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Country Wine Tips

Wednesday, November 30, 2005

I was reading the December issue of Winemaker and ran across an article in the Wine Wizard section about Country Wines. I make a lot of country wines and found the article a worthwhile read. One thing I do that the article says not to do is to buy juice from the supermarket. Just find the frozen juice that does not have potassium sorbate in it. To read the article, click here.

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Sanitizing Agents

I have listed a few sanitizing agents so that you may choose which one works best for you.

B-Brite
This compound is used to sanitize winemaking equipment. It cleans with active oxygen, and does not contain chlorine or bisulfite. Effectively removes fermentation residues.Use: Dissolve one tablespoon of B-Brite powder in one gallon of water to create a sanitizing solution. Sanitize winemaking equipment for at least one minute, then rinse with clear tap water. Discard solution after use.

B-T-F
This concentrated iodine-based solution sanitizes winemaking equipment.Use: Dilute with cool or lukewarm water to obtain desired iodine concentration. Adding 0.3 oz in 3 gallons of water creates 12.5 ppm, while adding 0.6 oz in 3 gallons of water makes a solution of 25 ppm. Immerse items for 1 to 2 minutes; allow sanitized items to drain well or air dry. CAUTION: Never add to hot water; might stain clothes. Winemaking equipment must be cleansed separately beforehand, since B-T-F is not rated as a cleanser.

Campden
Campden, available in tablet form, is used to kill all the naturally occurring wild yeasts and undesirable bacteria in must, and thus prepare it for a "clean" fermentation. It contains potassium metabisulfite, which is a fancy term for sulfites.Use: Use one Campden tablet per gallon of must. Crush tablets well, then mix in with the must. Be sure to add it to must 24 hours before pitching your wine yeast; if you are impatient and pitch the yeast too soon, the campden will kill it too! Campden can also be used to make a sanitizing solution for winemaking equipment; see Grapestompers for details. Each tablet contains 0.50 - 0.55 grams of potassium metabisulfite; chemically speaking, each tablet contains 57% sulphur content; therefore, 1 tablet per gallon = 75 ppm SO2.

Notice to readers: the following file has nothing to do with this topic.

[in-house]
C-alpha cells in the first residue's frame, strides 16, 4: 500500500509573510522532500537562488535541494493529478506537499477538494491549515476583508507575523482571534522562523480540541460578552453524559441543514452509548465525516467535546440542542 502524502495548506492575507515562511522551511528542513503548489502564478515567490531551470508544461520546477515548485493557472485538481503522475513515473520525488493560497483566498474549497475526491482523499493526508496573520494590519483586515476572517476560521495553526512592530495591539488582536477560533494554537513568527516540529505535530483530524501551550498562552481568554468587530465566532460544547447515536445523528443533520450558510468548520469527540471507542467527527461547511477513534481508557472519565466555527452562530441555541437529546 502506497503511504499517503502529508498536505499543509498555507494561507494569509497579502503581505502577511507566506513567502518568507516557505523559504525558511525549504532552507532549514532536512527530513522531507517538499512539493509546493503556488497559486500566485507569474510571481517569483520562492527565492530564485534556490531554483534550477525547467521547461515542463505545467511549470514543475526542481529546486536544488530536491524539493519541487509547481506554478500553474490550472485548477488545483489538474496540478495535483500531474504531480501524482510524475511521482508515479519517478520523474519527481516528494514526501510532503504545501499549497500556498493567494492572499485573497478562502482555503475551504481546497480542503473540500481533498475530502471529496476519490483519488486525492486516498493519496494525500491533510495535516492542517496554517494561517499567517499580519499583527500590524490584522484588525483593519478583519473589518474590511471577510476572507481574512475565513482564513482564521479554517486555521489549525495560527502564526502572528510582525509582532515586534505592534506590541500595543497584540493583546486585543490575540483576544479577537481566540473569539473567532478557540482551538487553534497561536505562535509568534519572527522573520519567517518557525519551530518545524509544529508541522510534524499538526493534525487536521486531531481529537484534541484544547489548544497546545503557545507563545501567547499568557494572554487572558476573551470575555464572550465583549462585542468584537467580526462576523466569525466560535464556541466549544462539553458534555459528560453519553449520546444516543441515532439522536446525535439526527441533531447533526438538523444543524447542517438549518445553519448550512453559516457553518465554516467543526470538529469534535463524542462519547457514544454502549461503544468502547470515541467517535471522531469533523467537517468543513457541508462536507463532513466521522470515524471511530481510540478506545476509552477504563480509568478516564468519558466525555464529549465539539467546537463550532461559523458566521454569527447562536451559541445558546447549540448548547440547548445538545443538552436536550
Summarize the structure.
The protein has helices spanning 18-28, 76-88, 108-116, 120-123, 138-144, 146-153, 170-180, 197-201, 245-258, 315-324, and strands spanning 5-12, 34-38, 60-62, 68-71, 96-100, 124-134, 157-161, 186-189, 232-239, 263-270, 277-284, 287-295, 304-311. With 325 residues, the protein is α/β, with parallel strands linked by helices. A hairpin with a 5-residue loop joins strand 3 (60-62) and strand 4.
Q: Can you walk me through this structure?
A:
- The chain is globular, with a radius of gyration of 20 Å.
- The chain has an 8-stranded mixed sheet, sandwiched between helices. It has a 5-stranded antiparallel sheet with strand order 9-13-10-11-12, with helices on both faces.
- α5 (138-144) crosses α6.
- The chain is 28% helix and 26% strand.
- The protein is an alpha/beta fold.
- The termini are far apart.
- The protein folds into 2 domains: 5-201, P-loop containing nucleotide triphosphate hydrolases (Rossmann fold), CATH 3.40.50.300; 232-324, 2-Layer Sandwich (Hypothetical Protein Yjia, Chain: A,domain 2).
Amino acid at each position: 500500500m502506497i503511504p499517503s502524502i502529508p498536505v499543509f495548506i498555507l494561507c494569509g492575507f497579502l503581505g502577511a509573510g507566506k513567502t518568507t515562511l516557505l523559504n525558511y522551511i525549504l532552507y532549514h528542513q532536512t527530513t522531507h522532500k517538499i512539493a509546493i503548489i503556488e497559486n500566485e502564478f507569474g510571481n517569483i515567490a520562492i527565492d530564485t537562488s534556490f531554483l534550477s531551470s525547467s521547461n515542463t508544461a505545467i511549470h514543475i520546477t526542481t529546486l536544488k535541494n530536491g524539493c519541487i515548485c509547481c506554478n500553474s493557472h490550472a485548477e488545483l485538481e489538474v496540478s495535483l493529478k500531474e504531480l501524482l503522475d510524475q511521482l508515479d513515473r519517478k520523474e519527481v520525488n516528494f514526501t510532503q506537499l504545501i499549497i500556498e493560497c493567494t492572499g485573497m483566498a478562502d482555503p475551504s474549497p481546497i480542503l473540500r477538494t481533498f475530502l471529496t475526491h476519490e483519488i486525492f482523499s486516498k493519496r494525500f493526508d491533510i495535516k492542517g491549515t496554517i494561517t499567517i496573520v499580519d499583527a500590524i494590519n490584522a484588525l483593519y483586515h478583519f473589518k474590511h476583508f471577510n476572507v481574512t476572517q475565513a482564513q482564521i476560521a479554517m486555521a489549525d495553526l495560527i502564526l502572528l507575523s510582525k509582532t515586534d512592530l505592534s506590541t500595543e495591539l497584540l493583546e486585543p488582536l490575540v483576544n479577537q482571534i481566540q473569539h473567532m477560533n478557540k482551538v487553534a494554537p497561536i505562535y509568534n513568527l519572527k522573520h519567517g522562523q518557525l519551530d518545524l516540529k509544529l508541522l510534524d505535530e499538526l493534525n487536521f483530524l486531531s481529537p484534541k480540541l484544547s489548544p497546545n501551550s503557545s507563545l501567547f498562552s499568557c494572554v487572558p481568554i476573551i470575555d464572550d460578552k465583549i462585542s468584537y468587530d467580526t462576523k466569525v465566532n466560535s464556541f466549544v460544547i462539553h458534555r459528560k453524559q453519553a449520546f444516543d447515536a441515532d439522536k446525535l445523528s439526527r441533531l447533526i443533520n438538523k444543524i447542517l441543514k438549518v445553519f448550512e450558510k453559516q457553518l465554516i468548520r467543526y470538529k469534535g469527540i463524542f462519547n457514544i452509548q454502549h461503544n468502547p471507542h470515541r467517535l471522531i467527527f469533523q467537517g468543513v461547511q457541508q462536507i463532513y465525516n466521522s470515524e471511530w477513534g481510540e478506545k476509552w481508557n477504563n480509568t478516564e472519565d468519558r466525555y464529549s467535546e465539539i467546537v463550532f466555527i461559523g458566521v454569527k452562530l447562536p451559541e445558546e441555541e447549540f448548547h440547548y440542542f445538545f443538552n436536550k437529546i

Easy Clean
Easy Clean no rinse cleaner/sanitizer. Five pound bucket with handle. Similar to One-Step but 4% stronger. Oxygen based sanitizer/cleanser. Dissolve one tablespoon powder to one gallon warm water. Wash surfaces with solution. Rinsing is not required but is recommended

One Step
Contains no chlorine, which can leave a film on glassware and corrode stainless steel. One Step is an excellent oxygen based sanitizer. Sanitizes with two minutes of contact time, no rinsing required! Environmentally friendly. Use 1 tablespoon per gallon of water.

I have also used Oxi-Clean to sanitize my equipment. Works on the same principle as the oxygen based sanitizers and is more readily available. I use the multi-purpose stain remover variety.

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Fining Agents

Bentonite
This is powdered clay that is used as a fining agent to clarify wine. Caution: If too much is used, your wine will have an earthy flavor.Use: Bentonite should be made up 24 hours before adding to wine. For a standard six gallon kit, add no more than 2 tablespoons of bentonite to 1/2 cup warm water; mix or shake well. The manufacturer recommends mixing 2 1/2 teaspoons into 2 1/2 cups boiling water. Mix really well, allow to cool, and add to wine.

Bocksin
This solution of silicium dioxide removes H2S (hydrogen sulfide) odors and related off-flavors in wine. An indication of H2S is the smell of rotten eggs.Use: Add 15 ml (0.5 oz) per 10 liters of wine. Stir thoroughly and wait 24 hours. Rack without disturbing the sediment. It is recommended to filter the wine after treatment. If the wine becomes cloudy, treat with finings.

Calcium Carbonate
This chemical is basic; in other words, it lowers the acidity of your wine to within your targeted range. Calcium carbonate is often used in place of adding water to achieve a more basic wine, since adding water will dilute your wine.Use: 1/2 oz reduces acidity by 1 ppt in 6 US gallons of wine. Be sure to perform an acid test so you don't overshoot your desired mark.